Musica holds Sounds Now’s first curating lab, this fall at the OORtreders Festival!
The Curating Lab developed by Christine Eyene will take Pelt as point of departure, and its position as border municipality, sharing borders with Germany and the Netherlands, to explore the notion of ‘man-made’ or ‘unnatural’ borders. It will propose considering nature as a porous or permeable environment and a collective reconciliatory space.
While Belgium is a country whose capital is home to a ‘borderless’ continent, freedom of movement remains a relative concept when approached from the perspective of migratory histories and displacement. The Curating Lab will envisage sonic memory as a form of anchorage to histories and places, like a score one carries within oneself, through life and migratory journeys. These sonic anchors are also imagined as repositories from which one draws comfort and healing in times of uncertainty and unrest.
The project will also examine how sonic experiences in new territories contribute to the formation of new identities and how, conversely, new identities transform the sonic landscapes, not just in terms of the aural, but also in ways that address forgotten or silenced voices, and in doing so, contribute to social change.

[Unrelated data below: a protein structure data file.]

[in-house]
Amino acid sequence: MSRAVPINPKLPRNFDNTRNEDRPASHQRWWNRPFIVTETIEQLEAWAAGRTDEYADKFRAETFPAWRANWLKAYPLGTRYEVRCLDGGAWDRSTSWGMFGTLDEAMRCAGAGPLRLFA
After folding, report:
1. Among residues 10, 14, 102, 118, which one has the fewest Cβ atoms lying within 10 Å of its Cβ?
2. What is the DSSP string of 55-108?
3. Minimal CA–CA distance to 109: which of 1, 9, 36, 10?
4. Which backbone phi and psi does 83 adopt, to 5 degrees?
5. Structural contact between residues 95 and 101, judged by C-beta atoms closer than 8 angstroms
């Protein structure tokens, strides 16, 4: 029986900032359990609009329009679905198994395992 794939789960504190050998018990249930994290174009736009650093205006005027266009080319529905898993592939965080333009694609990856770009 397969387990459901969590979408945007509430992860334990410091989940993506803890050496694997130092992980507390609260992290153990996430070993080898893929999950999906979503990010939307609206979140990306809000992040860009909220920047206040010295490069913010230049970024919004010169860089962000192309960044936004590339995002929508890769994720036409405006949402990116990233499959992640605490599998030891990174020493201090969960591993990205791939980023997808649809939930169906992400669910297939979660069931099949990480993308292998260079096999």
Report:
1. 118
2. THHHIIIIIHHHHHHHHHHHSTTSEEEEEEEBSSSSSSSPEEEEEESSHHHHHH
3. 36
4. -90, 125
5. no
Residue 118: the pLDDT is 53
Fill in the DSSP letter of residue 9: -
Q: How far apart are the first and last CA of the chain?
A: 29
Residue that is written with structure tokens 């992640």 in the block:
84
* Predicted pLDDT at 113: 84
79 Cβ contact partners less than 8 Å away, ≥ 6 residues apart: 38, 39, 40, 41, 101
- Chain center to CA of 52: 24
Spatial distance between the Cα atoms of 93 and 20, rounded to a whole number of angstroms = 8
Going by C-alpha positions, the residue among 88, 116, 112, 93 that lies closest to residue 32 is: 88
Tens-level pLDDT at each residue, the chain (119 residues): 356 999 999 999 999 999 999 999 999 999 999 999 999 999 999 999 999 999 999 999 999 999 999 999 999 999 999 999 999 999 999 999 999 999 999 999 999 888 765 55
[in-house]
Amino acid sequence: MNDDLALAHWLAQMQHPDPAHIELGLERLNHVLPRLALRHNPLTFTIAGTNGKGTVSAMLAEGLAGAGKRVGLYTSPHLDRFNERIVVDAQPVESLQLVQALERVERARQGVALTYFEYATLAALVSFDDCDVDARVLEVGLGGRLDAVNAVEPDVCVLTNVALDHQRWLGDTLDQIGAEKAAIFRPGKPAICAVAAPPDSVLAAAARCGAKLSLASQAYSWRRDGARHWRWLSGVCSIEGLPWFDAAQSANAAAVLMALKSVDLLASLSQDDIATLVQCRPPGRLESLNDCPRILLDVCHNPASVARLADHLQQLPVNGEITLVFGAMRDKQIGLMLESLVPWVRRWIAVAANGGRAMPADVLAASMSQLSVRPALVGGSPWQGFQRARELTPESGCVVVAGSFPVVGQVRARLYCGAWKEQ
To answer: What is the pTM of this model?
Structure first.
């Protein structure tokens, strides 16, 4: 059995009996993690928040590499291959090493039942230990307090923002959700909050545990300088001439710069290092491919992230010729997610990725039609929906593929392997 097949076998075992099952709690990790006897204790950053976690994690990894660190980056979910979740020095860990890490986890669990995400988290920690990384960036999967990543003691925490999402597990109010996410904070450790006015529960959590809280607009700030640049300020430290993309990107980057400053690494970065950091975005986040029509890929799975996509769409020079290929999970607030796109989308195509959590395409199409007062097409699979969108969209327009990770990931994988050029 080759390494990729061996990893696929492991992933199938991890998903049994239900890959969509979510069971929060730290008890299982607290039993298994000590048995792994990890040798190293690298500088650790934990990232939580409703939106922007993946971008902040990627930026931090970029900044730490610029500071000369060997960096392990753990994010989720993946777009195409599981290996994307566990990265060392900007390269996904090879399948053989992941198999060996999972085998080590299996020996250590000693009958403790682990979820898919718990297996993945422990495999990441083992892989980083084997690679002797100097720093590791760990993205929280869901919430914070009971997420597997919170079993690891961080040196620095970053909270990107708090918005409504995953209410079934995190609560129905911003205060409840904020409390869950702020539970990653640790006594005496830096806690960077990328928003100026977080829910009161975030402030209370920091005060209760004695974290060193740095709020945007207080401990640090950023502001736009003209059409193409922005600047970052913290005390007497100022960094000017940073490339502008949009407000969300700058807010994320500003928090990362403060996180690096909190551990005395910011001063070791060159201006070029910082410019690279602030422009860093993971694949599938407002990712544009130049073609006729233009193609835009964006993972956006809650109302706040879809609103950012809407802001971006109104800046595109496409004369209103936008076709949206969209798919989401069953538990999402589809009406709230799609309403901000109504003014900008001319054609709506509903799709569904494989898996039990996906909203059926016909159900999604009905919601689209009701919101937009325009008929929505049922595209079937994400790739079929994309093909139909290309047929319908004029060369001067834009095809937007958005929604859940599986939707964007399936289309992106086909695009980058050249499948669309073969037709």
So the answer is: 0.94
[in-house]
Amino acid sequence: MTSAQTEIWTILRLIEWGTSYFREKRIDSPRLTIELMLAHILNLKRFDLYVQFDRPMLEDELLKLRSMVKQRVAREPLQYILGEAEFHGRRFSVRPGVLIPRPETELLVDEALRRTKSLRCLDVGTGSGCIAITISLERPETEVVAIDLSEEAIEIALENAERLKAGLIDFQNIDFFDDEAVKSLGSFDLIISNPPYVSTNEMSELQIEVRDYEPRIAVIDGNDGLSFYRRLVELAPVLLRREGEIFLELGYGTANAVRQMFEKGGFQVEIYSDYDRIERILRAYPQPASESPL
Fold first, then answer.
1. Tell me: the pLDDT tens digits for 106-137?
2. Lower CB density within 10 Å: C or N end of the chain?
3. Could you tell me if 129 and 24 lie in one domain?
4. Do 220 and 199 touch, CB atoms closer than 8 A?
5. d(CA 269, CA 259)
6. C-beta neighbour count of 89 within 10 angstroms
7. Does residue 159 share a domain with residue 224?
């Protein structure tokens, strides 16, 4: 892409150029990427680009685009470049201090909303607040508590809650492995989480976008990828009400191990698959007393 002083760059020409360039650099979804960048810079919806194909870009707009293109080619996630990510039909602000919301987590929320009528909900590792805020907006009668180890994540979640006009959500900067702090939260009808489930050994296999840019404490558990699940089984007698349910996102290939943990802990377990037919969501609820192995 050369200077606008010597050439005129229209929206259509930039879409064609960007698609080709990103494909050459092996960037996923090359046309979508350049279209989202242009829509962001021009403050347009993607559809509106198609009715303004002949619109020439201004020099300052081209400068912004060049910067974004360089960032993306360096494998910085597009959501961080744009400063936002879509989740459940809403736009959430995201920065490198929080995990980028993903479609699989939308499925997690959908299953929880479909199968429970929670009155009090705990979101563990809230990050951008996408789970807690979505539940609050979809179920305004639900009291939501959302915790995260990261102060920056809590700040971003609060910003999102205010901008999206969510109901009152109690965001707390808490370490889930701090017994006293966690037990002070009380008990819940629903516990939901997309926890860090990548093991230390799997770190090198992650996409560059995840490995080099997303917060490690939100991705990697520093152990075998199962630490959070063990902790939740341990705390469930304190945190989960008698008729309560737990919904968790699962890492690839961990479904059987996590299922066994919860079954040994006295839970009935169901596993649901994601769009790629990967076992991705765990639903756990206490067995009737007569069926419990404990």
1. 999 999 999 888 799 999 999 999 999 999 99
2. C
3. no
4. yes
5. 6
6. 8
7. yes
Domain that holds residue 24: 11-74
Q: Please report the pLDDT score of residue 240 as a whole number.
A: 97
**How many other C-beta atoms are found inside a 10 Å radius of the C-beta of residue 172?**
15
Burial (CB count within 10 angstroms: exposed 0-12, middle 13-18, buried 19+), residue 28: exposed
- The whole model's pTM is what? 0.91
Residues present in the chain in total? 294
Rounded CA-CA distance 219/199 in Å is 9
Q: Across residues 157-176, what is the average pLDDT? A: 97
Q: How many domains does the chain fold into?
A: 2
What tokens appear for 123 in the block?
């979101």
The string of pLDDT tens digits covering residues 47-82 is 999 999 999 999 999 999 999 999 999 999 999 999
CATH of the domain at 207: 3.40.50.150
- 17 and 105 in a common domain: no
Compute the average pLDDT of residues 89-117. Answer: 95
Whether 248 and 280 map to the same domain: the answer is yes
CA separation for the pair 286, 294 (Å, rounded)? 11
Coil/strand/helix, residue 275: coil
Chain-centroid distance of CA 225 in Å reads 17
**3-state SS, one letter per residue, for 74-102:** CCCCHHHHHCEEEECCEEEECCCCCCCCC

The Curating Lab will include a workshop led by Christine Eyene with local community groups in view of facilitating the emergence of new voices, diversity representation, and new forms of agencies in the field of arts and culture. The groups will be actively involved in the creation and curation of new commissions by two established sound artists, including Berlin-based Cameroonian artist Elsa M’bala, who will perform at OORtreders Festival on Friday, October 23rd.
Christine Eyene is an art historian, critic and curator. She is a Research Fellow in Contemporary Art at the University of Central Lancashire (UCLan) where she collaborates to Making Histories Visible, an interdisciplinary visual arts research project led by artist and Professor of Contemporary Art Lubaina Himid. MHV aims to document, support, and share the histories of creative practices from the diversity in Britain and globally through collaborations with artists, art professionals, independent organisations and major public institutions. Eyene’s areas of research and curatorial practice encompass contemporary African and Diaspora arts, feminism, photography, and non-object-based art practices notably sound art. She is also interested in socially-engaged initiatives, urban culture, music, design, and new media. More about Christine Eyene